"Secondly they argue that the salaries of public officials should be justified- and they are right. Lets take Adam Crozier, chief executive of Royal Mail. He is paid a ridiculously vast amount of money, but he was recruited from being Chairman of the FA- and before that was a leading advertiser. If the TPA believe in the efficacy of private markets setting wages then Adam Crozier is probably being paid at about the market rate for a chief executive- and so are many others amongst these fat cats in the public sector. Ultimately the cause of the pay of the public sector fat cats is the pay of the private sector fat cats. If you want to get your hands on these types of people you have to pay these types of salaries. So if you want to take a look at public sector people being paid too much for these jobs, perhaps you have to either settle for rubbish directors (of which more in my third point) or you have to think about private sector pay scales."

Firstly, private sector Chief Executives often make far less than even the average in the Public Sector Rich List never mind Adam Crozier.  This was pointed out by Chris Dillow in his response to a Comment is Free piece making a similar point to Gracchi's:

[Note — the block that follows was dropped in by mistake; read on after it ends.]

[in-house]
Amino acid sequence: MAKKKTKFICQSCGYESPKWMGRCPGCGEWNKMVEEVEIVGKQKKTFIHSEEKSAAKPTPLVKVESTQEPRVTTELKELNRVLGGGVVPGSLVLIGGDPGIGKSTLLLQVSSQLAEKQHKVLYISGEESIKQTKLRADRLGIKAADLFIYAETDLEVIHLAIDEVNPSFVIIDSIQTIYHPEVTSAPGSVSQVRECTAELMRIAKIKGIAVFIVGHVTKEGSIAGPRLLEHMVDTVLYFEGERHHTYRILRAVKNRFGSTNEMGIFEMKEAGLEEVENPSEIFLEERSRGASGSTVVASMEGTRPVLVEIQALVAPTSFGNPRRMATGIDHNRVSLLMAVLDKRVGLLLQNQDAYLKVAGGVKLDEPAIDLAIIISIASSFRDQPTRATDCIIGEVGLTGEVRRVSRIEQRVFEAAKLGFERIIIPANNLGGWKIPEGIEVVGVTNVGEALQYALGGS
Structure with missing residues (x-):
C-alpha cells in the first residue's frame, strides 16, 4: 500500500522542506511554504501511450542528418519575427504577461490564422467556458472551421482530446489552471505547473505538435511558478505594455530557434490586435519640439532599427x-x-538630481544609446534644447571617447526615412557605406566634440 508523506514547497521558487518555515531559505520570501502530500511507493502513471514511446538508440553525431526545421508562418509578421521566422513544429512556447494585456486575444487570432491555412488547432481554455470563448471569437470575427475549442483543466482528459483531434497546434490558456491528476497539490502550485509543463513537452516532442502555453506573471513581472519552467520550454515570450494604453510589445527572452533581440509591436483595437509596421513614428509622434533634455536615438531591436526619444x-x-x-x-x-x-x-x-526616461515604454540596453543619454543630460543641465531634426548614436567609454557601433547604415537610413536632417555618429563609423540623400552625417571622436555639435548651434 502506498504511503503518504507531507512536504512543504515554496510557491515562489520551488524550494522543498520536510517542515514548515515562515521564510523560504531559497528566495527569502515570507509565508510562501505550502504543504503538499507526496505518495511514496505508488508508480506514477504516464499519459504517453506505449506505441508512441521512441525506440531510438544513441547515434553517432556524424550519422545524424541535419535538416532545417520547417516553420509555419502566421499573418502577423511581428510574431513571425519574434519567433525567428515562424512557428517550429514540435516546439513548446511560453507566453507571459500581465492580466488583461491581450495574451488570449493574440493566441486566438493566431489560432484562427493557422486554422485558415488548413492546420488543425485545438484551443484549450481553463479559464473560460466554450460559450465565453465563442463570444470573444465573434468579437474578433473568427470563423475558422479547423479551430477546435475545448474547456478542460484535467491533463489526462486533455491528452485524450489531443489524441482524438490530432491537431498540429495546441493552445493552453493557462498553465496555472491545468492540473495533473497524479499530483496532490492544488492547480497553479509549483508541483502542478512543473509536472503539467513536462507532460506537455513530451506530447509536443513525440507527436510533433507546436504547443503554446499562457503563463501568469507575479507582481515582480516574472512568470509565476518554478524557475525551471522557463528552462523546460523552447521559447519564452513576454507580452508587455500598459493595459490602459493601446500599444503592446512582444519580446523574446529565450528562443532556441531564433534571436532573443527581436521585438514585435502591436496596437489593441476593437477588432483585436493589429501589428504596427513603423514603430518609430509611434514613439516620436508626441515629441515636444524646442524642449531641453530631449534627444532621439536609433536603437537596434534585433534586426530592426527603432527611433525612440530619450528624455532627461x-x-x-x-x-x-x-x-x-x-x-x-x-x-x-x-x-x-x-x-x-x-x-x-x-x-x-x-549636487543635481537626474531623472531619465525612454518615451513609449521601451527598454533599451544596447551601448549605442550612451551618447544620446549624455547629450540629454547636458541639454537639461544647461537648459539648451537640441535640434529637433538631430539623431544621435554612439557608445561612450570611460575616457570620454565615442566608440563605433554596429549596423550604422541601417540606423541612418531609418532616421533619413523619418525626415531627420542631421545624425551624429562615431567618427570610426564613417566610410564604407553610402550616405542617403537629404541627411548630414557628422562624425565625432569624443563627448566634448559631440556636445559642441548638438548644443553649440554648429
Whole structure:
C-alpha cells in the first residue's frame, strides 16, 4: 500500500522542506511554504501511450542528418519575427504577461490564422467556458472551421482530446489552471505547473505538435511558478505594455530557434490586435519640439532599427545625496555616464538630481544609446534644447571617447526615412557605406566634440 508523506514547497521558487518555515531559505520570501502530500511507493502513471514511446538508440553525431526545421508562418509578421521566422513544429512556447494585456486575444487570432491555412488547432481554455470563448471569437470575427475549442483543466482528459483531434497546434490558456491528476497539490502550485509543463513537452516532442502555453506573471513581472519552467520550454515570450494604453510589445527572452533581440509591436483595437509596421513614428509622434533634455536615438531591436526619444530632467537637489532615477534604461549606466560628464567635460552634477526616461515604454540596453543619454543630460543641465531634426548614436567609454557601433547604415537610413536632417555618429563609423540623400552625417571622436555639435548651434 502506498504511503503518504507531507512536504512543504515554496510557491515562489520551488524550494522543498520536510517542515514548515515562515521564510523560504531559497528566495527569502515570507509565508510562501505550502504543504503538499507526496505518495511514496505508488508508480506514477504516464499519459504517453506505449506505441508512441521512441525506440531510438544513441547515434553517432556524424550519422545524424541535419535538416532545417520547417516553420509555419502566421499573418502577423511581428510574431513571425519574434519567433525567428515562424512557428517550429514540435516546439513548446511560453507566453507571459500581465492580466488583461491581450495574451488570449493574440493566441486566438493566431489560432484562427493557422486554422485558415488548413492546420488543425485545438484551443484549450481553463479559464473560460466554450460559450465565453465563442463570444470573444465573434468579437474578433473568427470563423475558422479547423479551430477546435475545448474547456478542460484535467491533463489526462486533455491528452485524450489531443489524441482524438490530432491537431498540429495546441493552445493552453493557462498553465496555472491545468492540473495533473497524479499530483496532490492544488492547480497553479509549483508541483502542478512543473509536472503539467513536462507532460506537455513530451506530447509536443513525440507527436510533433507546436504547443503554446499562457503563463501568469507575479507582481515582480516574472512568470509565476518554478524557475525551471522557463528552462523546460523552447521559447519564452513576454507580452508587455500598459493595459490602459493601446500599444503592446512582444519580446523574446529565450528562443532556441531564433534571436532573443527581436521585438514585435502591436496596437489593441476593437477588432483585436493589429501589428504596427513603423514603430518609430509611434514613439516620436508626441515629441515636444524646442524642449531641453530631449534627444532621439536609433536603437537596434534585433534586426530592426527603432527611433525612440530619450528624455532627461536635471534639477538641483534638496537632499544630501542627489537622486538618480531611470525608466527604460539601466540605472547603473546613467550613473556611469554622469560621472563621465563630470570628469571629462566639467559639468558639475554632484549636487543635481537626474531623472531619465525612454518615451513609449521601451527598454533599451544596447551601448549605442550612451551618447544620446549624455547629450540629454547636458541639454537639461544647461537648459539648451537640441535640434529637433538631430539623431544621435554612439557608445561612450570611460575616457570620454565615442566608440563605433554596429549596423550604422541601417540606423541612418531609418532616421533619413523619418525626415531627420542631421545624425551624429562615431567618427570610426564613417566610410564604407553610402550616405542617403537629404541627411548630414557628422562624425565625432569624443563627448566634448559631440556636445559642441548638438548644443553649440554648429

"The Institute of Directors reports (pdf) that the  average managing director of a firm with turnover below £5m gets a basic salary of just £65,000. One with a turnover of £50-500m gets £141,440. These are decent professional salaries, but not a fortune. And the survey also finds that public sector bosses are already paid more than private ones, at least outside financial companies (which are managed so much better, of course)."

Of course, the Royal Mail is a big company and Crozier doesn't, necessarily, represent bad value.  However, the Royal Mail's performance this year has been far from brilliant.  Gracchi doesn't have the slightest clue whether he is being paid the right amount and the idea we should just trust the judgement of the Royal Mail's Remuneration Committee to get it 'right' is palpably ludicrous.